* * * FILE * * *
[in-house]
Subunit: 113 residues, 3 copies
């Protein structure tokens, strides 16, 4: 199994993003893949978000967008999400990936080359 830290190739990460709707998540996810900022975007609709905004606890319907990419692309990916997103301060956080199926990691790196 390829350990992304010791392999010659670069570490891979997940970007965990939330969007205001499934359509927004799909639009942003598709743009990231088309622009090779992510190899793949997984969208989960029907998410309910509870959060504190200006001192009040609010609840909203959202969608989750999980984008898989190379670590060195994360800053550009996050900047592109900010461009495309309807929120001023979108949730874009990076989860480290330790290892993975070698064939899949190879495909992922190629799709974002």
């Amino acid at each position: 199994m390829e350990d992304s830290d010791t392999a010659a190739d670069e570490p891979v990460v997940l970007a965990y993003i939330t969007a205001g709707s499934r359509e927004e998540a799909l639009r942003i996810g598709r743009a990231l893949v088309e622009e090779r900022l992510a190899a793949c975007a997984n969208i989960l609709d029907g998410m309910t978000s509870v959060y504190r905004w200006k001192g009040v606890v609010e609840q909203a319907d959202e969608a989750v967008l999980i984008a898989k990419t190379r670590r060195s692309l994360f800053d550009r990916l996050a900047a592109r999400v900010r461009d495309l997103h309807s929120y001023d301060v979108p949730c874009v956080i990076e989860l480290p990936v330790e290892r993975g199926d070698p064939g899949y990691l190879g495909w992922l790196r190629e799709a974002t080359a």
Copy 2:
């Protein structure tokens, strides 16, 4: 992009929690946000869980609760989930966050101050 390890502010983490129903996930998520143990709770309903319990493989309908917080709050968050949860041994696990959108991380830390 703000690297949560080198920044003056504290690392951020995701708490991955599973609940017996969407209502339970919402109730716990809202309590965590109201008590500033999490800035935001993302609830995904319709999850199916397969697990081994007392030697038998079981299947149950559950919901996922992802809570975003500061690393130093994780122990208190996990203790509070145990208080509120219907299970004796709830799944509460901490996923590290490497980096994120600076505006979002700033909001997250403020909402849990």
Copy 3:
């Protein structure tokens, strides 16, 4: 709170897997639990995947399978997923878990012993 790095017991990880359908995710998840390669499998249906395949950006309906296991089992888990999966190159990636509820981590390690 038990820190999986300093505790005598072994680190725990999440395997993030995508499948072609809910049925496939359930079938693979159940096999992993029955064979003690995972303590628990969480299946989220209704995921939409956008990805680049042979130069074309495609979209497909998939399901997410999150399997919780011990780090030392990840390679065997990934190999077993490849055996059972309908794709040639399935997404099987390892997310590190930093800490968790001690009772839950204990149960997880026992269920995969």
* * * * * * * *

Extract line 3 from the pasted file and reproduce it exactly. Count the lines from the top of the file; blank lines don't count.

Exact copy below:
């Protein structure tokens, strides 16, 4: 199994993003893949978000967008999400990936080359 830290190739990460709707998540996810900022975007609709905004606890319907990419692309990916997103301060956080199926990691790196 390829350990992304010791392999010659670069570490891979997940970007965990939330969007205001499934359509927004799909639009942003598709743009990231088309622009090779992510190899793949997984969208989960029907998410309910509870959060504190200006001192009040609010609840909203959202969608989750999980984008898989190379670590060195994360800053550009996050900047592109900010461009495309309807929120001023979108949730874009990076989860480290330790290892993975070698064939899949190879495909992922190629799709974002």